We begin the cycle again. Last weekend we celebrated Simchat Torah and read the final chapters of Deuteronomy with special ceremony. We then proceeded to read the first chapter of Genesis, as a way of saying that the Torah never ends, but every ending includes with it a new beginning.
The thrust of the chapter is the expectation of holiness in our dealings with our fellow man. For it is through our relationships with our fellow human beings, through acts of compassion and charity, that we can indeed become holy
G-d does not treat gossip lightly. As men and women, created in His image, we are commanded to love our neighbor as ourselves and to treat everyone with respect. This includes not maligning them, even in a light, gossipy way.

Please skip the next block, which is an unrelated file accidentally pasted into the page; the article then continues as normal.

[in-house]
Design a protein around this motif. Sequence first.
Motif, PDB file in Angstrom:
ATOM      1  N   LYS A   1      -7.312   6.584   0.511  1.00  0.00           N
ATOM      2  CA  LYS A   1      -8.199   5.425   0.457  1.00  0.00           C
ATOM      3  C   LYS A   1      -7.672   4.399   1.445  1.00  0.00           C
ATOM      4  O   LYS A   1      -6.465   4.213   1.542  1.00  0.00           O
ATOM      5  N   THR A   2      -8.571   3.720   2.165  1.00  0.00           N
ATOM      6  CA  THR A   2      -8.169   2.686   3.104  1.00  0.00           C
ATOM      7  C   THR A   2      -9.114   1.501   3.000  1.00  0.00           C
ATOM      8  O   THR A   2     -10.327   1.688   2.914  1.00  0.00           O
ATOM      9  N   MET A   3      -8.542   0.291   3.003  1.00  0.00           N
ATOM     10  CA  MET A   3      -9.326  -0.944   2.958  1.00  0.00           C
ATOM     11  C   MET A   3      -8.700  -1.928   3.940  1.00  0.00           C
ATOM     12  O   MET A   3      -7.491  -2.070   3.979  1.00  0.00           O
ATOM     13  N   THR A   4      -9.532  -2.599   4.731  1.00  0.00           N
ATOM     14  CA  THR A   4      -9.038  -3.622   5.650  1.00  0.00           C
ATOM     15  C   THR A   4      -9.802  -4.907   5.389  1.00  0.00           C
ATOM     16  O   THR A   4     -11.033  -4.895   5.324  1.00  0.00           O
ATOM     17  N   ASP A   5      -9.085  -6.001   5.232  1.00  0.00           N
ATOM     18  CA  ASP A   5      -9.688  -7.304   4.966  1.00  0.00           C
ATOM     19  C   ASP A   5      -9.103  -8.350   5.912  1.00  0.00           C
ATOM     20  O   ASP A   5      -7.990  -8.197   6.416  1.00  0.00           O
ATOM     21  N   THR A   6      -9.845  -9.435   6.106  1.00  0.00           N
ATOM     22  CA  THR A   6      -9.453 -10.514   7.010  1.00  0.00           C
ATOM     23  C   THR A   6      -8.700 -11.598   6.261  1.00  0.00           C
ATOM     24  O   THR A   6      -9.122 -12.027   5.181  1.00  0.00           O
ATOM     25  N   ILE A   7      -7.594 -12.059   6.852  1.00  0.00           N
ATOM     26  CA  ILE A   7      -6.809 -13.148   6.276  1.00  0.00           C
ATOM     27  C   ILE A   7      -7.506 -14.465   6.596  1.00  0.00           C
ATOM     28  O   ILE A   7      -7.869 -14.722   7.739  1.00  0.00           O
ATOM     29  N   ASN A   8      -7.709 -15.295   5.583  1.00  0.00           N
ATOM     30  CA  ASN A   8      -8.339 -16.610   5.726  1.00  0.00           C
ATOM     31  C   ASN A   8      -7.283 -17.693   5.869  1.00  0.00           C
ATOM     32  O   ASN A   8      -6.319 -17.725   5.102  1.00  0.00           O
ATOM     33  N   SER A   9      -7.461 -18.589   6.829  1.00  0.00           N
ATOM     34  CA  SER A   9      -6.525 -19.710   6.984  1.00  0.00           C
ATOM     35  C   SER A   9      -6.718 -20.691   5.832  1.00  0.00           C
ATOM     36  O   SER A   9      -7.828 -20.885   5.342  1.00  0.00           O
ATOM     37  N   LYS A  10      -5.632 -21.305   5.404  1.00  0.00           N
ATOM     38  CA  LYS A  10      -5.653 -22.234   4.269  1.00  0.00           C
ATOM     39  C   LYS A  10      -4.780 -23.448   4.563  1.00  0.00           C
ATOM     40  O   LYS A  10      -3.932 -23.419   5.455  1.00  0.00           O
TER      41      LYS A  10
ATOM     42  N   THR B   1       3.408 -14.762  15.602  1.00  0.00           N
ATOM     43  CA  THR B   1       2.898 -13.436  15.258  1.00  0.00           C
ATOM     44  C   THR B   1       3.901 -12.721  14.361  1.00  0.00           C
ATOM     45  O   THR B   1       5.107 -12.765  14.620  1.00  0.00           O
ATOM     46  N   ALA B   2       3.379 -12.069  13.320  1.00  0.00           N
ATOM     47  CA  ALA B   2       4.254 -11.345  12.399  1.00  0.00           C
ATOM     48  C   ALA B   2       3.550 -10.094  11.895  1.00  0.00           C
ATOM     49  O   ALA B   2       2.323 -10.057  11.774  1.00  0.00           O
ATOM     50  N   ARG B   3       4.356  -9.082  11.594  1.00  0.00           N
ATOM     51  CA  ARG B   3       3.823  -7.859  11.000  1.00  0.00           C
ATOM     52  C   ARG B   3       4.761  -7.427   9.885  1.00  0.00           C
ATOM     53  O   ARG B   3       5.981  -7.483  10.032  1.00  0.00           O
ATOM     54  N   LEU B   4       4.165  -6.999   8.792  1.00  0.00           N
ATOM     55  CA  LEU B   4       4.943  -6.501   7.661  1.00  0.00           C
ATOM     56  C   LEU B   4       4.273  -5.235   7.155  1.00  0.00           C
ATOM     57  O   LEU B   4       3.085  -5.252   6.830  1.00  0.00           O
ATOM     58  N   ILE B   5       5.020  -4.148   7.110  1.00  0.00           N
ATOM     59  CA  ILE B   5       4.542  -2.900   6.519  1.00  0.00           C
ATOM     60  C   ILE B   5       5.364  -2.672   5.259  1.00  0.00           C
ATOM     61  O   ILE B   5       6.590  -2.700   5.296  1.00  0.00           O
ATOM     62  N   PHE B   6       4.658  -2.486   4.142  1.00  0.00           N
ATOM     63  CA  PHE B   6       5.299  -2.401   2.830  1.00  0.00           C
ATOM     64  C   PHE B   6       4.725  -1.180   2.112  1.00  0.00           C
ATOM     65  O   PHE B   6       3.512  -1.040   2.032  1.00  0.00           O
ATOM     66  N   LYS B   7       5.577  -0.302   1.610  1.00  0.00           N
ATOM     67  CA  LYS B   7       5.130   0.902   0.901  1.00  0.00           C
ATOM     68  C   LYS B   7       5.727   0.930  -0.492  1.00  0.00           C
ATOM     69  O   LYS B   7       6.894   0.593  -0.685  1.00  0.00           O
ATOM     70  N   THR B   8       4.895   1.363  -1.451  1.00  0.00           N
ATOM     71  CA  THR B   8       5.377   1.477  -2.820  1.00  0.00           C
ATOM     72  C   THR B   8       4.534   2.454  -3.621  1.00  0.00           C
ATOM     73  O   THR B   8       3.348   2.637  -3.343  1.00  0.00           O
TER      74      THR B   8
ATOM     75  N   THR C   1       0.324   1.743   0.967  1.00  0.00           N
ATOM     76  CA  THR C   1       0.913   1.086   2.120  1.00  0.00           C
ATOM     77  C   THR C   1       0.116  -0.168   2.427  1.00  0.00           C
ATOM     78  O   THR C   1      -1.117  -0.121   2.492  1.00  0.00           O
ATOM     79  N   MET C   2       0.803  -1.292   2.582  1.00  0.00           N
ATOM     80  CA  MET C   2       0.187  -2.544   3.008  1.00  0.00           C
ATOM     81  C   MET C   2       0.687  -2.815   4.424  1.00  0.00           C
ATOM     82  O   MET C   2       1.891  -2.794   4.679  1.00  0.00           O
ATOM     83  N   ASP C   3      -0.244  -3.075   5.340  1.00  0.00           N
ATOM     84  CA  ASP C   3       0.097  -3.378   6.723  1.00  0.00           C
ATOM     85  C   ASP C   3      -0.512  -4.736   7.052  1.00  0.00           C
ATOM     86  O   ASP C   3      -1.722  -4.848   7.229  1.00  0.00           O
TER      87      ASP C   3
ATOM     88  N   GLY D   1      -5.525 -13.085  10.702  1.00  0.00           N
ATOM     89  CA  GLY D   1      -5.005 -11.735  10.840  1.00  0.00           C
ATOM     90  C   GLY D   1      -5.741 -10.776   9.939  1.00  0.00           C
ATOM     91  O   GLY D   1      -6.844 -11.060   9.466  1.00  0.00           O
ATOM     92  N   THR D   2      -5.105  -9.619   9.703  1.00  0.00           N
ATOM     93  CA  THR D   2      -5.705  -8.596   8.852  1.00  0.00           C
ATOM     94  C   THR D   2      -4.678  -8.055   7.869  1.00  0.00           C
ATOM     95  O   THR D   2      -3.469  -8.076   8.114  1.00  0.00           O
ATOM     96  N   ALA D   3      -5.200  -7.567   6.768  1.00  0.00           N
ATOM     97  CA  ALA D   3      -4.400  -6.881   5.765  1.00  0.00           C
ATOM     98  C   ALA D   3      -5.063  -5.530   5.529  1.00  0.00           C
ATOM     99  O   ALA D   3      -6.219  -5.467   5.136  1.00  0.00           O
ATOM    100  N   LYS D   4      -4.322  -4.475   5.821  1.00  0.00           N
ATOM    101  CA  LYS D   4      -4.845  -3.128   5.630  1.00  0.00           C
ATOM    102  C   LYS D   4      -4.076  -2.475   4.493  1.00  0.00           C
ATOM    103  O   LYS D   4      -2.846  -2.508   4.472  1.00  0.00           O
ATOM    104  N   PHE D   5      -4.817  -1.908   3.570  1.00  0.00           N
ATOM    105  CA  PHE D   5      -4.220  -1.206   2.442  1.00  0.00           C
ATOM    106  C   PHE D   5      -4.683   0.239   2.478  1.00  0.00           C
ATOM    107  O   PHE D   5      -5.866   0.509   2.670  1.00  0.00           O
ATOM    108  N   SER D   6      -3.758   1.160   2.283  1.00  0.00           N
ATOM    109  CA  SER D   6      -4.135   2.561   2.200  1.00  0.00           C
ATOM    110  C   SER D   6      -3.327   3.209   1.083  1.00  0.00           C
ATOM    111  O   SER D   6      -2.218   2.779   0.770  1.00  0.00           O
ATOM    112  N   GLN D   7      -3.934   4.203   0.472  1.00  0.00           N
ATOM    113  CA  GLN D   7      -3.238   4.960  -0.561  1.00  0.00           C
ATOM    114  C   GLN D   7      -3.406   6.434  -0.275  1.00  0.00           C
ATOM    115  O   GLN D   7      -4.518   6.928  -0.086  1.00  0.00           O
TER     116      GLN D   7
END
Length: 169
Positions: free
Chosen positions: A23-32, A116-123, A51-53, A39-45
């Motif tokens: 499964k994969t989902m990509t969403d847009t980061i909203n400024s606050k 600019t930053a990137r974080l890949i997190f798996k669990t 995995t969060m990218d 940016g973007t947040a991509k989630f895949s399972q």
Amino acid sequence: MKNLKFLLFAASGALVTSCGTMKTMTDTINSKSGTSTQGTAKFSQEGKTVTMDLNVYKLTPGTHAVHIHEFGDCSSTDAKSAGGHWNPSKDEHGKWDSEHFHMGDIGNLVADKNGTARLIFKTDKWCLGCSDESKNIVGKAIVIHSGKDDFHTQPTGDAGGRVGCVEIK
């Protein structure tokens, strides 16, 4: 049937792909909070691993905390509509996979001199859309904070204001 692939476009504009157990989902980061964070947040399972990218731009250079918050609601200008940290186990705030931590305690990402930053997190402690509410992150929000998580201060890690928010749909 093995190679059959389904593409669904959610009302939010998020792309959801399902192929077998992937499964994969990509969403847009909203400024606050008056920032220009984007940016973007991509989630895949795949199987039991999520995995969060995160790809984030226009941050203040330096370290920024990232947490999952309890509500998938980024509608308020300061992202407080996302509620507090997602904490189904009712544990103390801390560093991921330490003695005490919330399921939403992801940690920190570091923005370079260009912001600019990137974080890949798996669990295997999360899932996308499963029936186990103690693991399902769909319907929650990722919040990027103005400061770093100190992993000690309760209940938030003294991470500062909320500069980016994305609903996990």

The first verse in chapter 40 provides us with the date that the Tabernacle was completed — the first day of the first month, or the first of Nissan. Nissan is the month which begins the Biblical count of months and it falls at this time of year. It is also known as the month of the spring (Deuteronomy 16:1). It is not the month of Rosh HaShana
This week we begin the Book of Exodus. The first portion is one of transformation – the children of Israel, the family of Jacob, become the “Hebrews” and the Children of Israel, with a national focus.
This week’s portion begins the story of Joseph, beginning with Genesis chapter 37. We learn that Jacob favors Joseph and buys him a striped coat, which results in the brothers’ terrible jealousy of him.
The Day of Atonement is, indeed, the holiest day of the year. The most important element of the holiday, however, is the atonement connected with it. “You shall be clean before the Lord from all your sins.” And again at the end of the section: “And this shall be a statute forever for you, that atonement may be made for the people of Israel once in the year because of all their sins.” (verse 34)